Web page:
Updated: May 25
I hear people say, money doesn’t make you happy. Looks mean nothing. Success is not just about how big your house is, what car you’ve got, how big your pay packet is.
And I completely agree. But do most people really believe it, or do they want to believe it?
Because we do live in a society where value is placed on these types of “things”, these extrinsic values, that cost a pretty penny.
Materialism and success and good looks and “perfect” bodies... we all know in our intellectual minds that of course they won’t make you happy and fulfilled. So why is so much emphasis put on them. It’s an oxymoron, a paradox.
Materialism and money are a religion. In western society we are indoctrinated with success being measured by wealth and status.
I’m guilty of it myself, I struggle sometimes with what I believe and what I feel. I have a job and I’m good at it, but it hasn’t made me rich. I’m successful in helping people, I have a very busy, thriving counselling practise, with some who have been suicidal, some who are struggling with anxiety or depression or a relationship breakdown. So yes I’m successful.
That’s probably going to be said at my eulogy. Joanne helped lots and lots of people, she was such a good counsellor. And I agree. But there’s still a part of me that feels I’ve failed because I’m not financially as successful as I think I “should” be. Or is it society that’s telling me that, is it my parents, the way I was raised? I know in my head that what I do is revered. I bleat on about hedonism and conspicuous consumption, and I could fly the flag for spirituality and enjoying the simple things in life. And I’m much more content being around people who have simple, interesting lives. People who are satisfied and have enough.
But by the same token, I’m greatly influenced by the 80’s, working in banks in the city, when Yuppies were around and bonuses were huge, seeing and believing that those earning high salaries, were in fact successful. I saw them as that.
It’s a belief we don’t have to believe.
The lack mentality
I’m not good enough
I don’t have enough
I’m less than
I’m not pretty enough or slim enough, leads to feelings of dissatisfaction, lowered self worth, and always wanting more.
We all, no matter what our socioeconomic status, will experience loss, illness and pain, I think I’d rather experience those things in comfort and security. Money gives us choices, takes a layer of stress away from an already stressful experience. And enables us to live a comfortable life with material privileges. Obtain the best health care, good quality food and a comfortable retirement. But, you can make some unhealthy choices too. Sometimes too much can be as bad a too little. Money makes things easier but doesn't necessarily make you peaceful and content.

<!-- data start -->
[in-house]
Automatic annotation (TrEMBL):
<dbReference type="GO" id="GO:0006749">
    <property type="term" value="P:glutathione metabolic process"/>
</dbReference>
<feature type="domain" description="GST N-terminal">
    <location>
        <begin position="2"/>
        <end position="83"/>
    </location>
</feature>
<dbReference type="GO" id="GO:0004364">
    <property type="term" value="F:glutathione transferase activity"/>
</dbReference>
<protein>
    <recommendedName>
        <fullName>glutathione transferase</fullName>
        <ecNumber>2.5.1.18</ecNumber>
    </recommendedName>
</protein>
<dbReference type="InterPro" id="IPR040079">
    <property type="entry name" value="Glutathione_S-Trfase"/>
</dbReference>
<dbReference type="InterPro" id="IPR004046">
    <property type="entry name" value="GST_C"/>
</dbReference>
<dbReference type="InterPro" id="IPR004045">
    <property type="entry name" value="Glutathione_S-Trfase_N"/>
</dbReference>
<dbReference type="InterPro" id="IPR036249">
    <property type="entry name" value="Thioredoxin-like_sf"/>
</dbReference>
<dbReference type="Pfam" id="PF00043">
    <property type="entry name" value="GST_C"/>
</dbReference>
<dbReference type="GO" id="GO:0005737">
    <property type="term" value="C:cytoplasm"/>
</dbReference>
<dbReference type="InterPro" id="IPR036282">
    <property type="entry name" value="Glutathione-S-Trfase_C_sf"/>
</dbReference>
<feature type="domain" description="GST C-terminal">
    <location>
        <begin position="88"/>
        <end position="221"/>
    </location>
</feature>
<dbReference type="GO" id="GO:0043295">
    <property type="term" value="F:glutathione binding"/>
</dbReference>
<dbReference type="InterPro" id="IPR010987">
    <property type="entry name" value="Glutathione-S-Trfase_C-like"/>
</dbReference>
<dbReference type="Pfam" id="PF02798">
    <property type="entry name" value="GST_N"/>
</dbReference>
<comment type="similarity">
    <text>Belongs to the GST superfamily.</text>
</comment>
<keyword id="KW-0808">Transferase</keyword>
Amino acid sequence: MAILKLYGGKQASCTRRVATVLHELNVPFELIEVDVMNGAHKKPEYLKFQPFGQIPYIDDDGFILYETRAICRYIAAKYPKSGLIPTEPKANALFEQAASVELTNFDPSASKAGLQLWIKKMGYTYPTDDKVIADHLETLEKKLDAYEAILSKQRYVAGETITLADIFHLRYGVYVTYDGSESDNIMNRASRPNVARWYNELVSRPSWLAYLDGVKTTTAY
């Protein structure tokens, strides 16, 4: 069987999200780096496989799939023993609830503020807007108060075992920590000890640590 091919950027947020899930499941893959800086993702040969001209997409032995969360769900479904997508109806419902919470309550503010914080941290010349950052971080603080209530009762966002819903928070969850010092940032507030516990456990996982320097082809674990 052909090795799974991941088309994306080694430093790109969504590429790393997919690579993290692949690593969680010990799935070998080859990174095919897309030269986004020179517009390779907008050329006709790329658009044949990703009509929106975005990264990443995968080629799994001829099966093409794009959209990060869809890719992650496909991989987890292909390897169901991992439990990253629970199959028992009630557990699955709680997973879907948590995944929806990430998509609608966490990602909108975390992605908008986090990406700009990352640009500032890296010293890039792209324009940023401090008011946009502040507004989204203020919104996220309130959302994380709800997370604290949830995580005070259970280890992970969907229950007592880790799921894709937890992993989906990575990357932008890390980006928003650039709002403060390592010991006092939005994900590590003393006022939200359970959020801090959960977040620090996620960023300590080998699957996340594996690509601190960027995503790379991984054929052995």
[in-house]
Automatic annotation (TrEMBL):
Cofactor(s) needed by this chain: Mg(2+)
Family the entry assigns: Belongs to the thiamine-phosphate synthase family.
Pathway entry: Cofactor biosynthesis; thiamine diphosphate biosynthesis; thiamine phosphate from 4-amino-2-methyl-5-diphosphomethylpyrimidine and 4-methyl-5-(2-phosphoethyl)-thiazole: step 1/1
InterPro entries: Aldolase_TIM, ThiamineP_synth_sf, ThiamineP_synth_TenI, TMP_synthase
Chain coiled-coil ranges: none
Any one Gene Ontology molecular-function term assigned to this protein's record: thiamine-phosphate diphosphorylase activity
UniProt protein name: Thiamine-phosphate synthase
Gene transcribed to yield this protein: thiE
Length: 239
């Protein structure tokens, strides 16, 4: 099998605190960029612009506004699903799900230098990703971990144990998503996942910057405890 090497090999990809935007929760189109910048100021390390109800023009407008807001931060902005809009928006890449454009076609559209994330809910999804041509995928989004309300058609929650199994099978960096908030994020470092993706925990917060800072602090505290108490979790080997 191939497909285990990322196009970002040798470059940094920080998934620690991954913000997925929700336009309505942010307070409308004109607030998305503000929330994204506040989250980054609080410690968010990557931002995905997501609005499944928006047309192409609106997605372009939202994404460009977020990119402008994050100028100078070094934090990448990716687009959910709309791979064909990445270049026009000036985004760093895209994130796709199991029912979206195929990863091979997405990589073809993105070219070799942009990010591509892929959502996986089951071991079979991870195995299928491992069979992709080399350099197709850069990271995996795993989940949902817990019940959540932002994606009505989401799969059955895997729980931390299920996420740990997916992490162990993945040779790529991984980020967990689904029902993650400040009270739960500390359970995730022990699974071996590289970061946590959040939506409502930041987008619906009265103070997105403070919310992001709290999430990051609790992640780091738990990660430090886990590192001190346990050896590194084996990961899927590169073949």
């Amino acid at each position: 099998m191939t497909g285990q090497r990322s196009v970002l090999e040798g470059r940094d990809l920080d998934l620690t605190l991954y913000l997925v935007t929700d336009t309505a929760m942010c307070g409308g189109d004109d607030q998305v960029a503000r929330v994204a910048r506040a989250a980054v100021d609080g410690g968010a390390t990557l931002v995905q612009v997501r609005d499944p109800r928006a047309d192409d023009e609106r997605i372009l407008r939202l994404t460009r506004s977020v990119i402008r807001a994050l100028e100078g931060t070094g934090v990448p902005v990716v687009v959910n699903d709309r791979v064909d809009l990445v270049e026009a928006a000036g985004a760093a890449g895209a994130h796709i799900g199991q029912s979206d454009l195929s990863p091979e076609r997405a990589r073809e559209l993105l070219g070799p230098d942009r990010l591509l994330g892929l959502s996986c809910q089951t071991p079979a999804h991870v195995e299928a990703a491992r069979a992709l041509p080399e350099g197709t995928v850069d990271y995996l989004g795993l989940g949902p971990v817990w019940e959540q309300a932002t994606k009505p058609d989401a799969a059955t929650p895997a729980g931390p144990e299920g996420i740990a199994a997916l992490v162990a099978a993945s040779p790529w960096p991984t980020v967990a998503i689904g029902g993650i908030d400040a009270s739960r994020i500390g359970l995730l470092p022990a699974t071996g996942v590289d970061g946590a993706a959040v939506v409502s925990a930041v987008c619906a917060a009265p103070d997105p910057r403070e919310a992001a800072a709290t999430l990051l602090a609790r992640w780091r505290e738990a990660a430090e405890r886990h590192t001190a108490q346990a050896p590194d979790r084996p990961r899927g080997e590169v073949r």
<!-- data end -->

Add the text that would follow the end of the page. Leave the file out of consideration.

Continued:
Hearing about Caroline Flack taking her own life yesterday is what propelled me to write this. Now, I know nothing about her, only what the media tells me. So I’m assuming here. On the surface she seemed to have it all.
Good looks, successful career, money, good health, friends, family, charismatic personality.
Clearly something fundamental was missing. I’m guessing that her sense of self was largely made up of what she thought she had lost. She couldn’t cope with the job loss, her image being fractured, that people would dislike her. Which is all rather vacuous in the grand scheme of things. But once again, society tells us that the Caroline Flack's of this world are successful. Maybe she believed that too and found the loss was too much to bear. If only she could have believed that it’s the simple basic things in life that are far more important than looks, money, high acheiving careers and status.
We must remember that the press and other people who really knew nothing about her apart from what they chose to tell us, need to bear some responsiblilty of how negative press can impact someone's mental health. The gravity of it is horrendous and tragic. She clearly seemd to be a vulnerable woman at this time in her life. She already had a dagger in her heart from the situation she found herself in, she didn't need more daggers from others.
How about we all take the time to look at the bigger picture of each others' lives and be less judgemental of what we see. People in the public eye, celebrities like Caroline, have two faces, the one that wears the coat of armour, the beautiful face, the charismatic personality. This doesn't "look" vulnerable. Please see beneath the surface. As someone who works in the mental health profession and has suffered myself please be kind and when asking someone 'how are you' really listen...